JACKSON - When it was all over, amid the jubilation on the Oak Grove sideline, Nevil Barr embraced Kirk McCarty and told him, "I love you, man."
The Warrior coach and the senior quarterback finally delivered the dream for the long-suffering Oak Grove community, which has seen so many seasons in recent years end in disappointment.
Oak Grove used an uncharacteristically rock-ribbed defense and McCarty made enough big plays to get the Warriors past Tupelo 14-7 in the Class 6A State Championship game at Mississippi Veterans Memorial Stadium.
The Warriors finished 14-1 in winning their first state title; Tupelo was 13-2.
"It feels great, especially for the kids, for our community," said Barr. "We really felt like our defense was as good as any defense in the state of Mississippi, and we told our kids to go out and show everyone that we were as good as anybody."
Tupelo slowed down the usually-prolific Oak Grove defense, shutting out the Warriors in the first half.
But the Oak Grove defense answered their coach's call, shutting out the Golden Wave in the first half themselves, then making big plays in the fourth quarter to preserve a one-touchdown lead.
"We played as one," said junior safety J.C. Keyes, whose fumble recovery stopped a big play for Tupelo early in the fourth quarter.
"We're a band of brothers, a family. That was a big play. The quarterback had a big run, but Picasso Nelson stripped it and I was right there to make the play."
Senior cornerback Trey Sloan had two interceptions, but the big key was slowing down Golden Wave senior tailback Quinn Tiggs, who came into the game with 1,400 yards rushing and 569 receiving yards.
"The key was to stop (Tiggs)," said Warrior defensive coordinator Casey Cain. "He was their best player. Picasso Nelson is my best cover guy, so I just put him on Tiggs. We felt like our DBs were better than their wide receivers
"We wanted to take away (Tiggs) and while the quarterback hurt us on a few plays, we were confident that we weren't going to let (Tiggs) beat us."
In the end, though, it came down to the Warriors making a few more plays on offense, including a hastily-devised trick play that resulted in the winning points.
After stopping Tupelo on a three-and-out with the opening possession of the second half, McCarty drove the Warriors 68 yards on seven plays, scoring on a 5-yard pass to Cameron Myers.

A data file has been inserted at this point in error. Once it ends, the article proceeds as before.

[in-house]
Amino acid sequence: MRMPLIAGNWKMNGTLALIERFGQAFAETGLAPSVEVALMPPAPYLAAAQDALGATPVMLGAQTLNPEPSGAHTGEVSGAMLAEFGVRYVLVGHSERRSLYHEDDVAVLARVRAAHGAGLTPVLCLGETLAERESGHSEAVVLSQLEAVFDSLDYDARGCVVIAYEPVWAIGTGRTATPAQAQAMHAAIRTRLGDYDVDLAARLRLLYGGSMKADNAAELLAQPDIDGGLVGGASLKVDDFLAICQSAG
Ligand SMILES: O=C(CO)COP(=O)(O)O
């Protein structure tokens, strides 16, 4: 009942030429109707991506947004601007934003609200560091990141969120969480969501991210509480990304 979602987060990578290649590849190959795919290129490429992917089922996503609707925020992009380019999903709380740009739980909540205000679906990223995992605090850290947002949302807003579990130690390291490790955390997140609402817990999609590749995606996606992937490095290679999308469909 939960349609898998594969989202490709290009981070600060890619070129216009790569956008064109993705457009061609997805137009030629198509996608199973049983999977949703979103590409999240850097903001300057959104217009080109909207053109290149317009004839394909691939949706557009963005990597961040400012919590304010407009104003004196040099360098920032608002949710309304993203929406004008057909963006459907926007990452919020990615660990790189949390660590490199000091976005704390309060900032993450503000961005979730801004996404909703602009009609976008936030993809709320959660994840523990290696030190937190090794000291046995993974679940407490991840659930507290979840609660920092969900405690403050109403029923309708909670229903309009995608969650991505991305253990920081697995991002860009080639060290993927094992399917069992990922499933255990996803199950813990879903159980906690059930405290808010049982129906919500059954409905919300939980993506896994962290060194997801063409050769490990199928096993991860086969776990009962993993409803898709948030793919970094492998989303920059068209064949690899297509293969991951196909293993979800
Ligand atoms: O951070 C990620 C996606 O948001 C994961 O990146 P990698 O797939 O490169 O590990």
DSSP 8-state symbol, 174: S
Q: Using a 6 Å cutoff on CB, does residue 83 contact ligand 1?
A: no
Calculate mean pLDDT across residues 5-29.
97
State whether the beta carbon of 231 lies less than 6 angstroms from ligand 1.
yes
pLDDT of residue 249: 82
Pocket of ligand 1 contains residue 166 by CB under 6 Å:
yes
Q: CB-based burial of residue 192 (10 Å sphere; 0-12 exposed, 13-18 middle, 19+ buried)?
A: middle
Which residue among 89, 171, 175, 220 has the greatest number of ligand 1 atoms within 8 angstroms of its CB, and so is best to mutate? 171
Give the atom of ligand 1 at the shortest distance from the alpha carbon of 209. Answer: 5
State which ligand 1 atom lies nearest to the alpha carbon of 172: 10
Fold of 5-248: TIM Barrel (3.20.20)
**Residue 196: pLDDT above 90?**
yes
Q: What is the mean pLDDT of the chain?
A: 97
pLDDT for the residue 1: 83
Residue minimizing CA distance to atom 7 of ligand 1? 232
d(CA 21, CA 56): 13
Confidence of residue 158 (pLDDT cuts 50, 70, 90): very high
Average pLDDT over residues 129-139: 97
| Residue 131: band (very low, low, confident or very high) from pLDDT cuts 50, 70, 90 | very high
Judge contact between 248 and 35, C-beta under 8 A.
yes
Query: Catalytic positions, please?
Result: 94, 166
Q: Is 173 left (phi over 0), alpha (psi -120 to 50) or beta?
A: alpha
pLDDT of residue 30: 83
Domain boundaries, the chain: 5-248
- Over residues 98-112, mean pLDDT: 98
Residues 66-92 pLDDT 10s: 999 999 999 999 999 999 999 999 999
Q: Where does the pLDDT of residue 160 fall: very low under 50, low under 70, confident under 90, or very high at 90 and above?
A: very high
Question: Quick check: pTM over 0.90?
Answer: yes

"That's the best defense I've ever played against," said McCarty, who was 23 of 40 passing for 268 yards.
"We really didn't talk about anything schematic (at halftime). It was just another game where our senior leaders stepped up. We had time at halftime to get refocused. We knew what we had to do, and we did it."
Tupelo came right back, using two big pass plays - one a flea-flicker halfback pass from Tiggs to quarterback Daniel Bristow - to set up Tiggs' 4-yard touchdown run that tied the game at 7-7.
But the play of the game was forthcoming.
Starting at their own 11-yard line, Oak Grove drove to the Tupelo 4, where they faced a fourth-and-1. The Warriors lined up to kick a field goal, but left tight end Logan Scott split on the far left side.
McCarty, the holder, took the snap, stood up and threw to Scott who was wide open in the end zone.
"We just put that play in today," said McCarty. "It seemed like it hung up there for 20 minutes getting to Logan."
Tupelo shut the Warriors down the rest of the way, and it was up to the defense to step up. In succession, Oak Grove got Keyes' fumble, stopped the Golden Wave on fourth down, forced a punt and got Sloan's clinching interception.
As the final seconds ticked off, the Warrior sideline erupted in joy, and the center of attention was former NFL MVP Brett Favre, who has volunteered as the Warriors offensive coordinator the past three seasons.
"I can't say it's a Super Bowl, but it's pretty close," said Favre. "It really is. It's a different kind of feeling, but I'm awfully proud of these kids."